Do you find yourself, the writer of the material, being guilty of it as well? 

JH: I absolutely find myself of guilty of it. I try to be cognizant of it, like spending too much time in front of my phone, or talking to people that don’t exist in real life….  and only virtually. While they may exist in some way, these are people who are not in my immediate life. The people that matter are around you day in and day out. Your friends, family, people in the community who offer services are there for you. That is something I am trying to tackle in this show. The state of masculinity and the state of the Latin x community has gotten so out of hand that if someone even thinks about wanting to see a therapist, they are deemed as “crazy.” It’s not crazy! It’s just having a problem and wanting to talk it out with someone.

When you look at all of our various platforms for entertainment like Netflix and Hulu, documentaries are so prevalent right now. And are being done so well. Are you surprised that this story did not become some sort of a documentary or something like that? 

JH: Yes, I actually am. I have only come into contact with one other person in Australia, who was making an opera of this story. I could see Bjork as a modern trip hop opera, why not! (laughs)

You have been working with the Philadelphia theatre community for about five years now. What do you think about this community helps make it so vibrant and diverse? 

JH: I really think it’s the community and the people that really help each other out. That is why I really decided to stay in Philadelphia. I was a transient actor before that — originally from Texas — minutes from the border actually. I had been working up and down the East Coast for about five years. I decided to stay in Philadelphia permanently. It is the community that gives the opportunity to do pieces like this. I met Allison Heishman three years ago, and now she is heading up Simpatico Theatre and extended the opportunity to me to bring The Best Of Me to Simpatico. And I thought it was great. Even before that, I had a stint work shopping it over at Jersey Fringe and then before that, a little workshop for solo productions here in Philly. There is a lot of opportunity and venues for you to help your work grow for people to see it. From there, people’s work gets legs. Artists around here don’t forget about it, which is one of the best things.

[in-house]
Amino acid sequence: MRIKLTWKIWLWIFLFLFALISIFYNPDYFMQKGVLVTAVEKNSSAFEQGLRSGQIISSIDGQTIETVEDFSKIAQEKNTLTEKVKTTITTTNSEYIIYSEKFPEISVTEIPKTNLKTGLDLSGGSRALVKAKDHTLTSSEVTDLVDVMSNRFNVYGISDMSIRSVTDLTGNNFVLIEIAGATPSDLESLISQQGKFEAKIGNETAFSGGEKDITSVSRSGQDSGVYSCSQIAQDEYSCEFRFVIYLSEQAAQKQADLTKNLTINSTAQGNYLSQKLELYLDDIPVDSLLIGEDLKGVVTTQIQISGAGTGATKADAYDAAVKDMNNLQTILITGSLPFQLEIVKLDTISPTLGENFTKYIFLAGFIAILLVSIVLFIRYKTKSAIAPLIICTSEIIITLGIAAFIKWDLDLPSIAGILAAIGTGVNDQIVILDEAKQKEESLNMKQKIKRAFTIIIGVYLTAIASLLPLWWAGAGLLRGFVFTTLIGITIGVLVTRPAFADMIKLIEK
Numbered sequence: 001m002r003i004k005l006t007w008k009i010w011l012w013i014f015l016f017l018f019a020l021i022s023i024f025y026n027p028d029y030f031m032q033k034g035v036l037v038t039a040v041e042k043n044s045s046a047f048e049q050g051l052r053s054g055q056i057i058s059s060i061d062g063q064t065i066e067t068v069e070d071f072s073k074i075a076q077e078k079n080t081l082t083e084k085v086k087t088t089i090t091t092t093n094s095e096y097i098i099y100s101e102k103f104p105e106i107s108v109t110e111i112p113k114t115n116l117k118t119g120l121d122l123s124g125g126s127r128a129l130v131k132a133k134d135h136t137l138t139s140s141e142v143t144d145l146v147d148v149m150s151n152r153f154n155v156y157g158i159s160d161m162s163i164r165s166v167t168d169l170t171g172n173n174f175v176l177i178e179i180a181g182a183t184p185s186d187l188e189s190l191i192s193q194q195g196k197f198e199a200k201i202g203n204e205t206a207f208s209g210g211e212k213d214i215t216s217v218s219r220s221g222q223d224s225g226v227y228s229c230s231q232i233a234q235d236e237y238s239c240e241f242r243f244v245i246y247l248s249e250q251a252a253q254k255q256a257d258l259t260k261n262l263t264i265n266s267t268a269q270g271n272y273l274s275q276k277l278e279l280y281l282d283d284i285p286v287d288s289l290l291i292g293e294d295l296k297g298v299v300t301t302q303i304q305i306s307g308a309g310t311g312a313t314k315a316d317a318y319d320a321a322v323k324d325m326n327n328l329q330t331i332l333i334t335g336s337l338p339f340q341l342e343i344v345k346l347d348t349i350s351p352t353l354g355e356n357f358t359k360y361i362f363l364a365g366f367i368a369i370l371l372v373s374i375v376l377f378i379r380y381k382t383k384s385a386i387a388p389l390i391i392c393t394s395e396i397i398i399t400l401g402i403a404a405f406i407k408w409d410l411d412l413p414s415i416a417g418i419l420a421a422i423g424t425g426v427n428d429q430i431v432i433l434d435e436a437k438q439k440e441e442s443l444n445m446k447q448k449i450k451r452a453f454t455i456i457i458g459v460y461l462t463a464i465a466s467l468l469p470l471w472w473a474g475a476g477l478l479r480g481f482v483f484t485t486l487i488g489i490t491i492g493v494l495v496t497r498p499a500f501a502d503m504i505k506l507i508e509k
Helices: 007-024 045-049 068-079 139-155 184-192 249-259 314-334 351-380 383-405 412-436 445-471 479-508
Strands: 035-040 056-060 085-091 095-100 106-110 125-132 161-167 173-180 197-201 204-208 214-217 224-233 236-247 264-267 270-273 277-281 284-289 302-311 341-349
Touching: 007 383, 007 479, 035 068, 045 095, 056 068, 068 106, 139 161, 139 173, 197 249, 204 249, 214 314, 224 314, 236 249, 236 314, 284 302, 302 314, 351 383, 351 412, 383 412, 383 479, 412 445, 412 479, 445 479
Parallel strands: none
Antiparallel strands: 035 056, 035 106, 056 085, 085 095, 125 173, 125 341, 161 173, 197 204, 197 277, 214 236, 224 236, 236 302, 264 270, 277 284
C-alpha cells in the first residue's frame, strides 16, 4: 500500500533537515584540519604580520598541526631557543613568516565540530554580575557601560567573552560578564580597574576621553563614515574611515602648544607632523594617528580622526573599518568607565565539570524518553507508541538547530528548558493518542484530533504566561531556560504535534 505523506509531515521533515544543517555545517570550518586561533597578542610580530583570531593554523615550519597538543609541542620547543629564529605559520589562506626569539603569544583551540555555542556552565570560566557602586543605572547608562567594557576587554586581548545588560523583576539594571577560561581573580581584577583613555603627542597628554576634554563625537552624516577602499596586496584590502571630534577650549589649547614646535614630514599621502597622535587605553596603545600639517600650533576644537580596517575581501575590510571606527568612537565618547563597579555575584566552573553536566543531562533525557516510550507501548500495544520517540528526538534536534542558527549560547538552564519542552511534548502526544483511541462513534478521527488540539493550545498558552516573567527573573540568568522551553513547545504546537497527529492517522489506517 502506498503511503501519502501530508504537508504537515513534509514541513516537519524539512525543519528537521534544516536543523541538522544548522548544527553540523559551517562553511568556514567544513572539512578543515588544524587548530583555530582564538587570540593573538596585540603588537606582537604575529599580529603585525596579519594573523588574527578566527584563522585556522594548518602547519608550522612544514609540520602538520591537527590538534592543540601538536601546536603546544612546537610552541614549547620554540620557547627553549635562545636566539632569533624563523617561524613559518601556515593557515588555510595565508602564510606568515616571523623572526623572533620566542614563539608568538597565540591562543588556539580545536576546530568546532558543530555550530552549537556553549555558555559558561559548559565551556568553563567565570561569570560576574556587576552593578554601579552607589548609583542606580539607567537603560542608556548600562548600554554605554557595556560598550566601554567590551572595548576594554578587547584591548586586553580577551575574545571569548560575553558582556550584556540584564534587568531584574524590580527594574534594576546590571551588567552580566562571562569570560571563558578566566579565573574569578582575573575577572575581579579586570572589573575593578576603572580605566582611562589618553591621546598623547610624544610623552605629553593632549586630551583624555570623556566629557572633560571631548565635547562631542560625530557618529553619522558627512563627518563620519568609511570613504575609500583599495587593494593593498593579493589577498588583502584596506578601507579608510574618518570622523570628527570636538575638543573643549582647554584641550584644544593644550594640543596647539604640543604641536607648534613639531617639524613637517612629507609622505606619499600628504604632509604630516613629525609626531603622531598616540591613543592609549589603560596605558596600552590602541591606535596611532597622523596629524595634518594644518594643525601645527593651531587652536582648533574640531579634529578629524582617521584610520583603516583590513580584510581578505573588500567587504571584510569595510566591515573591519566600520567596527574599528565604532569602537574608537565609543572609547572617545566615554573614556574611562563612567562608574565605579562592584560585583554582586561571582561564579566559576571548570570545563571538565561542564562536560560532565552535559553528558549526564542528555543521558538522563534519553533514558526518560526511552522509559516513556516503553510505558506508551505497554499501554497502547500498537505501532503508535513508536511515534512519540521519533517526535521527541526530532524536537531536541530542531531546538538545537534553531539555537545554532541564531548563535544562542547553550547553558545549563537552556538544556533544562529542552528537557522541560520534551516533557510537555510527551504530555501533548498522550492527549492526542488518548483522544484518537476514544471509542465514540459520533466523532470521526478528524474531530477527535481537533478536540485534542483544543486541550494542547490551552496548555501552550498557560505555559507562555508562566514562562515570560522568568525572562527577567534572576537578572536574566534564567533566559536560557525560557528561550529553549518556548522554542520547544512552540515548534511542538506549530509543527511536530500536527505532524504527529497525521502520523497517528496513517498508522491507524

You clearly have a distinct eye and a vision. Where would you want to be five yeas from now? 

JH: You know, just to have work in our community and  in this profession, that is the biggest challenge. We are having a slew of opportunity for people of color on stage. We are playing servants, cooks, bar-backs etc. We are diving the narrative, for many other folks playing living, breathing props. I think that comes off as incentive to what people are writing. Because we could be written out all together. The thing is, I would love to play a part, someone with a Latin X last name and not have their citizenship be questioned or something like that. That would be a real dream!

The Best Of Me written by J. Hernandez and Amanda Schoonover and performed by J. Hernandez kicks off September 19, 2018 at 9:30 pm at The Proscenium Theatre at The Drake. Tickets are available at and all performances are pay what you decide!